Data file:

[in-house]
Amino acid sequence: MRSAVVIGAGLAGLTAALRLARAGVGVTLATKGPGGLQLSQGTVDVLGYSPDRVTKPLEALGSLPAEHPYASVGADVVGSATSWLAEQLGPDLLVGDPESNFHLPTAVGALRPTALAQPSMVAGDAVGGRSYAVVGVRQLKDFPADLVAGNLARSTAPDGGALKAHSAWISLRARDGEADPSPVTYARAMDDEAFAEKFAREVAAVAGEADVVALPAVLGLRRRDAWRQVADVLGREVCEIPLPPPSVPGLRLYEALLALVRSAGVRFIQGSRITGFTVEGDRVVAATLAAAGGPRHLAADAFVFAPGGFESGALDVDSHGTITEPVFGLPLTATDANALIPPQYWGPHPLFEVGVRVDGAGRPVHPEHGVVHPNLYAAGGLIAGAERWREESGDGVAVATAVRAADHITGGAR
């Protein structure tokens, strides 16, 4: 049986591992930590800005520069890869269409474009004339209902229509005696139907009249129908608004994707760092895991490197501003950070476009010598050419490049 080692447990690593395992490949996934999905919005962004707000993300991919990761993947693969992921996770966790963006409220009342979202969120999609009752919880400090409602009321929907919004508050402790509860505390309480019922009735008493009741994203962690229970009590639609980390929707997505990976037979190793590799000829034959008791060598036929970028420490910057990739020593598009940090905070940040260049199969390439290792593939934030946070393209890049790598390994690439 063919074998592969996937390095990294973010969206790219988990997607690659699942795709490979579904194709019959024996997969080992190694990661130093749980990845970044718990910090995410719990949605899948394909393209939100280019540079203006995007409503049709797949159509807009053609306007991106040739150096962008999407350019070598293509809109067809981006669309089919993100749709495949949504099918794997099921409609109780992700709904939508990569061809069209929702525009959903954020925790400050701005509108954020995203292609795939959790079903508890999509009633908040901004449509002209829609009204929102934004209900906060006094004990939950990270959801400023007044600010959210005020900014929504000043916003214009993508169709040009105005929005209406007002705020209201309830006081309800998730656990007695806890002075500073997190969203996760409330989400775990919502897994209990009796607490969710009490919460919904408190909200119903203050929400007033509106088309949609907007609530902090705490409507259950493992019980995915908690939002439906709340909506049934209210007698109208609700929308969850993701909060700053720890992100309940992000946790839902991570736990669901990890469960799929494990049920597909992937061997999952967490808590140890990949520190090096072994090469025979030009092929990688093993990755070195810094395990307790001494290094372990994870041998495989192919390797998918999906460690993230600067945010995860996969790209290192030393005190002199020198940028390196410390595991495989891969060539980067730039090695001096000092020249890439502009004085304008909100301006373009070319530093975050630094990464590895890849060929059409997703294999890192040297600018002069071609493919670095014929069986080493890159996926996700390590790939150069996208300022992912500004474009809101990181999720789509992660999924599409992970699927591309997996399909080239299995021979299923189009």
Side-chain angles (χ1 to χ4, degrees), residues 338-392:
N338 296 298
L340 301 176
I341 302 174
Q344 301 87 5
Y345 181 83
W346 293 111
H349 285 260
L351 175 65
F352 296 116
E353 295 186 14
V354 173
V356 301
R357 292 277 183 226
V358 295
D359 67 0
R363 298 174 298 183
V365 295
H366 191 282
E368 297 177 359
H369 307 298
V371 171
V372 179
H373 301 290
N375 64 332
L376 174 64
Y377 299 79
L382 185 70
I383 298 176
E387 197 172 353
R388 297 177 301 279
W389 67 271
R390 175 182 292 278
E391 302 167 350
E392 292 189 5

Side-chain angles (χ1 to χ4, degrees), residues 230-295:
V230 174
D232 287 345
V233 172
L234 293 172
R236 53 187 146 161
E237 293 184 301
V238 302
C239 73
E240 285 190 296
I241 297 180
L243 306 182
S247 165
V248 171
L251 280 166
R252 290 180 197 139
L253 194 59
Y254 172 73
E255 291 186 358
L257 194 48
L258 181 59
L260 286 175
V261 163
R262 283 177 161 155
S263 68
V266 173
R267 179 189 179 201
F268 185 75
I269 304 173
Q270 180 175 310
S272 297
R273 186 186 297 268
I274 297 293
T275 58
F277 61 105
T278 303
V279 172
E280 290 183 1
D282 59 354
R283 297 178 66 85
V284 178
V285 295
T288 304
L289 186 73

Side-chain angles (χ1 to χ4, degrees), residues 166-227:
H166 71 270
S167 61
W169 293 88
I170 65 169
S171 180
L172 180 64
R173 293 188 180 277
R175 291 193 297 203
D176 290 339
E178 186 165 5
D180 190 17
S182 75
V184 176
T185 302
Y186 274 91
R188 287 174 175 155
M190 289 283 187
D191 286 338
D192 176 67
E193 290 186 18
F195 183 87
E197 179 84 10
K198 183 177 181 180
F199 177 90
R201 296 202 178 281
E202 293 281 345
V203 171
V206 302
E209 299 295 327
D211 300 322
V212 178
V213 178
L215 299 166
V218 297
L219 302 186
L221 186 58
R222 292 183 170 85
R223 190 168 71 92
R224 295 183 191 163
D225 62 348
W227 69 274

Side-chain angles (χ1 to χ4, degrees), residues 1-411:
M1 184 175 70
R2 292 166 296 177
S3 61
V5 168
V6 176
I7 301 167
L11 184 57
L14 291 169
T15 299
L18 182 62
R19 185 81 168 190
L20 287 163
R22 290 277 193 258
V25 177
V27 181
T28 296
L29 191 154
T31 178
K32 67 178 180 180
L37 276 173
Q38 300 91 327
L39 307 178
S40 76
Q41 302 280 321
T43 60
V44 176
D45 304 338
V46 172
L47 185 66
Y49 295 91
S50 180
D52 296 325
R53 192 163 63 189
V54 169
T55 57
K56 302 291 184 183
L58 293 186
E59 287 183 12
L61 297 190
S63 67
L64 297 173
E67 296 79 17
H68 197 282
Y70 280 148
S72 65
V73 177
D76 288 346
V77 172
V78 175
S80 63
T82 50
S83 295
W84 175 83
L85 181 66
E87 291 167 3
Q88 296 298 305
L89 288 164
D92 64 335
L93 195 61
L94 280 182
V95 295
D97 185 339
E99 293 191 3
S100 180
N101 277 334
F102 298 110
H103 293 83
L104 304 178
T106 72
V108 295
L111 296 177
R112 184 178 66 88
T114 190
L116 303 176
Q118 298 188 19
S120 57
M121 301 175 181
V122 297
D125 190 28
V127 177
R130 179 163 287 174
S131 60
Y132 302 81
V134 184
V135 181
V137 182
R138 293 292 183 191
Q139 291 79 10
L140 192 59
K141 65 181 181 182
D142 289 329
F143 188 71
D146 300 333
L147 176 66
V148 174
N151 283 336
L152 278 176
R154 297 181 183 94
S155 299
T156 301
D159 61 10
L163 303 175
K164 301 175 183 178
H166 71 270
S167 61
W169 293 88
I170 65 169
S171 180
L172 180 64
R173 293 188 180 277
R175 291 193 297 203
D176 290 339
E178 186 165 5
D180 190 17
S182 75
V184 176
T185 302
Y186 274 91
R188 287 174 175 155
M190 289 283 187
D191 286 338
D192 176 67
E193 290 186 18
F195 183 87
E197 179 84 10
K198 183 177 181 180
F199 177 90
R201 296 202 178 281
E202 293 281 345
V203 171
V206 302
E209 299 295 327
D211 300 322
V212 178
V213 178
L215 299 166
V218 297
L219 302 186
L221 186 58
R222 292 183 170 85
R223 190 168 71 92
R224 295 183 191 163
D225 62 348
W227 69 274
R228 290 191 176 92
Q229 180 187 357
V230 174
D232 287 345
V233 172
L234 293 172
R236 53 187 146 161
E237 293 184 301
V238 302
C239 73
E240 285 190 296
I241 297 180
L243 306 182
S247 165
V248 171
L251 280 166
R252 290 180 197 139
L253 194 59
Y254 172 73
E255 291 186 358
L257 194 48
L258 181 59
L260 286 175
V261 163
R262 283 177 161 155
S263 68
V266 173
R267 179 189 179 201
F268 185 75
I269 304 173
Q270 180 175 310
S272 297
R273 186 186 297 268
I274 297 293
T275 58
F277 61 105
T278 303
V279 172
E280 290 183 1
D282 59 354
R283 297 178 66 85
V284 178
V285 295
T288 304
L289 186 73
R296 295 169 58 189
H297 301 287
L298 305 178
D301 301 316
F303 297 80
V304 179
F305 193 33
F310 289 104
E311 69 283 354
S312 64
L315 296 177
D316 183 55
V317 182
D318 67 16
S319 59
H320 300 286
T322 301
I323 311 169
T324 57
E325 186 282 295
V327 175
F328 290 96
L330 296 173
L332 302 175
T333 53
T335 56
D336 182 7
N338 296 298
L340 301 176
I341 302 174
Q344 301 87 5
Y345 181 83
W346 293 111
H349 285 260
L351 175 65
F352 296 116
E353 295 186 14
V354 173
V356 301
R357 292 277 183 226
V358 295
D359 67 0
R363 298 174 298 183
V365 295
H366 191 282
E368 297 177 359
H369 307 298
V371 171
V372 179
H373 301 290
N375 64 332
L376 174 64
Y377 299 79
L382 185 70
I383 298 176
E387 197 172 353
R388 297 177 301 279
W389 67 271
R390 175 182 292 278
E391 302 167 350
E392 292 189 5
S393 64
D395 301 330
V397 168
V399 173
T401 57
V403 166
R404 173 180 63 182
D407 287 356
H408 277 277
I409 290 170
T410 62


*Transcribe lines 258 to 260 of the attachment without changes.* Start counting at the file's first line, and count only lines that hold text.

D211 300 322
V212 178
V213 178